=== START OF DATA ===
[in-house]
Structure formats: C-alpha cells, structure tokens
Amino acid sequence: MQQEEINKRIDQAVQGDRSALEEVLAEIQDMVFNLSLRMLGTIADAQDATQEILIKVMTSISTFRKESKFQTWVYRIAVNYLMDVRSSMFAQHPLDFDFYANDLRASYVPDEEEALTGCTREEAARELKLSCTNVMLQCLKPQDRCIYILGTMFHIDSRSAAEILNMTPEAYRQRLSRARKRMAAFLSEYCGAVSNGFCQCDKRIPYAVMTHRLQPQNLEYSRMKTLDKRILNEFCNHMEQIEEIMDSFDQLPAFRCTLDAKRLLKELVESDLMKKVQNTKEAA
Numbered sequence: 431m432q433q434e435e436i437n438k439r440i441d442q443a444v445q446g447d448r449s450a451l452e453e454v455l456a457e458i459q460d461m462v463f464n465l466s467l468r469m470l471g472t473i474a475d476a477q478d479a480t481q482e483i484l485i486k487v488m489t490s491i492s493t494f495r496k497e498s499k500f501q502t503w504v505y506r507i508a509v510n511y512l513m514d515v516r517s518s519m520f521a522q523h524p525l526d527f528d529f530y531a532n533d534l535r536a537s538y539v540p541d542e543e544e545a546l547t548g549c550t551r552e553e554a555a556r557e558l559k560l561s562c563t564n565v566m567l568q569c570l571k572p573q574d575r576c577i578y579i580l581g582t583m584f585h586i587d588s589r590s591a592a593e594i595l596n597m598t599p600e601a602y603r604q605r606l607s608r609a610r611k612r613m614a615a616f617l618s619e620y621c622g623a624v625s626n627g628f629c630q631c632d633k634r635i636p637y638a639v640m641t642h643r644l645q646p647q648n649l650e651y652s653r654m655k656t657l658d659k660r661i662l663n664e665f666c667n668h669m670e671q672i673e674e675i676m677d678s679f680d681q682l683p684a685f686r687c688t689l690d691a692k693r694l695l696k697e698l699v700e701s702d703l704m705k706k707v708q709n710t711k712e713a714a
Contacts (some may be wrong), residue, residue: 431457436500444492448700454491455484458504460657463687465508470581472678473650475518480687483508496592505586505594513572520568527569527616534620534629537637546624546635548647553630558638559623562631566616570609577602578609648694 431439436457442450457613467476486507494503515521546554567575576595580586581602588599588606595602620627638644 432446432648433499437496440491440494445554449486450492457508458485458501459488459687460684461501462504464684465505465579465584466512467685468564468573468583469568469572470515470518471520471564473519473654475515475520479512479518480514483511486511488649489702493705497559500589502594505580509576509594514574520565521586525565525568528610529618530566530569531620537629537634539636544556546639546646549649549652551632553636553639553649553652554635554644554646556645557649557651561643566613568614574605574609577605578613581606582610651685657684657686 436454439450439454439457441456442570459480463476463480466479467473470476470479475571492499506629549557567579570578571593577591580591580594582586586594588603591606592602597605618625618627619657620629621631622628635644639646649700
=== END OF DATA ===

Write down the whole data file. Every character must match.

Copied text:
[in-house]
Structure formats: C-alpha cells, structure tokens
Amino acid sequence: MQQEEINKRIDQAVQGDRSALEEVLAEIQDMVFNLSLRMLGTIADAQDATQEILIKVMTSISTFRKESKFQTWVYRIAVNYLMDVRSSMFAQHPLDFDFYANDLRASYVPDEEEALTGCTREEAARELKLSCTNVMLQCLKPQDRCIYILGTMFHIDSRSAAEILNMTPEAYRQRLSRARKRMAAFLSEYCGAVSNGFCQCDKRIPYAVMTHRLQPQNLEYSRMKTLDKRILNEFCNHMEQIEEIMDSFDQLPAFRCTLDAKRLLKELVESDLMKKVQNTKEAA
Numbered sequence: 431m432q433q434e435e436i437n438k439r440i441d442q443a444v445q446g447d448r449s450a451l452e453e454v455l456a457e458i459q460d461m462v463f464n465l466s467l468r469m470l471g472t473i474a475d476a477q478d479a480t481q482e483i484l485i486k487v488m489t490s491i492s493t494f495r496k497e498s499k500f501q502t503w504v505y506r507i508a509v510n511y512l513m514d515v516r517s518s519m520f521a522q523h524p525l526d527f528d529f530y531a532n533d534l535r536a537s538y539v540p541d542e543e544e545a546l547t548g549c550t551r552e553e554a555a556r557e558l559k560l561s562c563t564n565v566m567l568q569c570l571k572p573q574d575r576c577i578y579i580l581g582t583m584f585h586i587d588s589r590s591a592a593e594i595l596n597m598t599p600e601a602y603r604q605r606l607s608r609a610r611k612r613m614a615a616f617l618s619e620y621c622g623a624v625s626n627g628f629c630q631c632d633k634r635i636p637y638a639v640m641t642h643r644l645q646p647q648n649l650e651y652s653r654m655k656t657l658d659k660r661i662l663n664e665f666c667n668h669m670e671q672i673e674e675i676m677d678s679f680d681q682l683p684a685f686r687c688t689l690d691a692k693r694l695l696k697e698l699v700e701s702d703l704m705k706k707v708q709n710t711k712e713a714a
Contacts (some may be wrong), residue, residue: 431457436500444492448700454491455484458504460657463687465508470581472678473650475518480687483508496592505586505594513572520568527569527616534620534629537637546624546635548647553630558638559623562631566616570609577602578609648694 431439436457442450457613467476486507494503515521546554567575576595580586581602588599588606595602620627638644 432446432648433499437496440491440494445554449486450492457508458485458501459488459687460684461501462504464684465505465579465584466512467685468564468573468583469568469572470515470518471520471564473519473654475515475520479512479518480514483511486511488649489702493705497559500589502594505580509576509594514574520565521586525565525568528610529618530566530569531620537629537634539636544556546639546646549649549652551632553636553639553649553652554635554644554646556645557649557651561643566613568614574605574609577605578613581606582610651685657684657686 436454439450439454439457441456442570459480463476463480466479467473470476470479475571492499506629549557567579570578571593577591580591580594582586586594588603591606592602597605618625618627619657620629621631622628635644639646649700